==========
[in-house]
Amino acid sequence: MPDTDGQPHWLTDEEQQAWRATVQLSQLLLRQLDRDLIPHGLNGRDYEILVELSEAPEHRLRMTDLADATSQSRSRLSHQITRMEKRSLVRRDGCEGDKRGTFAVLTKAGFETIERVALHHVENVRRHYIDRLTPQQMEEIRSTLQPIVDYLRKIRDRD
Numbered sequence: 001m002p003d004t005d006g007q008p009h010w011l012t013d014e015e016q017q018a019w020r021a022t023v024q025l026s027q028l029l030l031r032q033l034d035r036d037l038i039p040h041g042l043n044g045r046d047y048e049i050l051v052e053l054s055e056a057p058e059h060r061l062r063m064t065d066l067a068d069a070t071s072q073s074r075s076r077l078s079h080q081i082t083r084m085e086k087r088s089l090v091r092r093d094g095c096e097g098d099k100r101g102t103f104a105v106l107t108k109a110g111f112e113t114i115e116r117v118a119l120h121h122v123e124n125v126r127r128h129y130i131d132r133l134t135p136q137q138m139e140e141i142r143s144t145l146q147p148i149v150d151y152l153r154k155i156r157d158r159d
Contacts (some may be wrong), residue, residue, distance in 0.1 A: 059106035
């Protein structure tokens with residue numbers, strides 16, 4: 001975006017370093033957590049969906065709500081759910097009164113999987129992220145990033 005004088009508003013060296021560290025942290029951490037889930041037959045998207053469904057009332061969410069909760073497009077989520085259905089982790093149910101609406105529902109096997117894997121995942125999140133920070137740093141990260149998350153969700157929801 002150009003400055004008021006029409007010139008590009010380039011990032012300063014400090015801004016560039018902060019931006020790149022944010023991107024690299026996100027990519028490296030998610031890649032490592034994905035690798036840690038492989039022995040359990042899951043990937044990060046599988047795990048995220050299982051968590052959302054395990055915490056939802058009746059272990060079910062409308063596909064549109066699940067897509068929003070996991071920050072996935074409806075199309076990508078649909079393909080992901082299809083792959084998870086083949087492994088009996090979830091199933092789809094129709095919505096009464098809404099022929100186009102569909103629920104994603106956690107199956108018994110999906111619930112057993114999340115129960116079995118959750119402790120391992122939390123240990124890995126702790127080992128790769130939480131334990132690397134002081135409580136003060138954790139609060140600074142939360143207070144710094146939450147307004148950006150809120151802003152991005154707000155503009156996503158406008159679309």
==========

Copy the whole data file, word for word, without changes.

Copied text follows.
[in-house]
Amino acid sequence: MPDTDGQPHWLTDEEQQAWRATVQLSQLLLRQLDRDLIPHGLNGRDYEILVELSEAPEHRLRMTDLADATSQSRSRLSHQITRMEKRSLVRRDGCEGDKRGTFAVLTKAGFETIERVALHHVENVRRHYIDRLTPQQMEEIRSTLQPIVDYLRKIRDRD
Numbered sequence: 001m002p003d004t005d006g007q008p009h010w011l012t013d014e015e016q017q018a019w020r021a022t023v024q025l026s027q028l029l030l031r032q033l034d035r036d037l038i039p040h041g042l043n044g045r046d047y048e049i050l051v052e053l054s055e056a057p058e059h060r061l062r063m064t065d066l067a068d069a070t071s072q073s074r075s076r077l078s079h080q081i082t083r084m085e086k087r088s089l090v091r092r093d094g095c096e097g098d099k100r101g102t103f104a105v106l107t108k109a110g111f112e113t114i115e116r117v118a119l120h121h122v123e124n125v126r127r128h129y130i131d132r133l134t135p136q137q138m139e140e141i142r143s144t145l146q147p148i149v150d151y152l153r154k155i156r157d158r159d
Contacts (some may be wrong), residue, residue, distance in 0.1 A: 059106035
């Protein structure tokens with residue numbers, strides 16, 4: 001975006017370093033957590049969906065709500081759910097009164113999987129992220145990033 005004088009508003013060296021560290025942290029951490037889930041037959045998207053469904057009332061969410069909760073497009077989520085259905089982790093149910101609406105529902109096997117894997121995942125999140133920070137740093141990260149998350153969700157929801 002150009003400055004008021006029409007010139008590009010380039011990032012300063014400090015801004016560039018902060019931006020790149022944010023991107024690299026996100027990519028490296030998610031890649032490592034994905035690798036840690038492989039022995040359990042899951043990937044990060046599988047795990048995220050299982051968590052959302054395990055915490056939802058009746059272990060079910062409308063596909064549109066699940067897509068929003070996991071920050072996935074409806075199309076990508078649909079393909080992901082299809083792959084998870086083949087492994088009996090979830091199933092789809094129709095919505096009464098809404099022929100186009102569909103629920104994603106956690107199956108018994110999906111619930112057993114999340115129960116079995118959750119402790120391992122939390123240990124890995126702790127080992128790769130939480131334990132690397134002081135409580136003060138954790139609060140600074142939360143207070144710094146939450147307004148950006150809120151802003152991005154707000155503009156996503158406008159679309």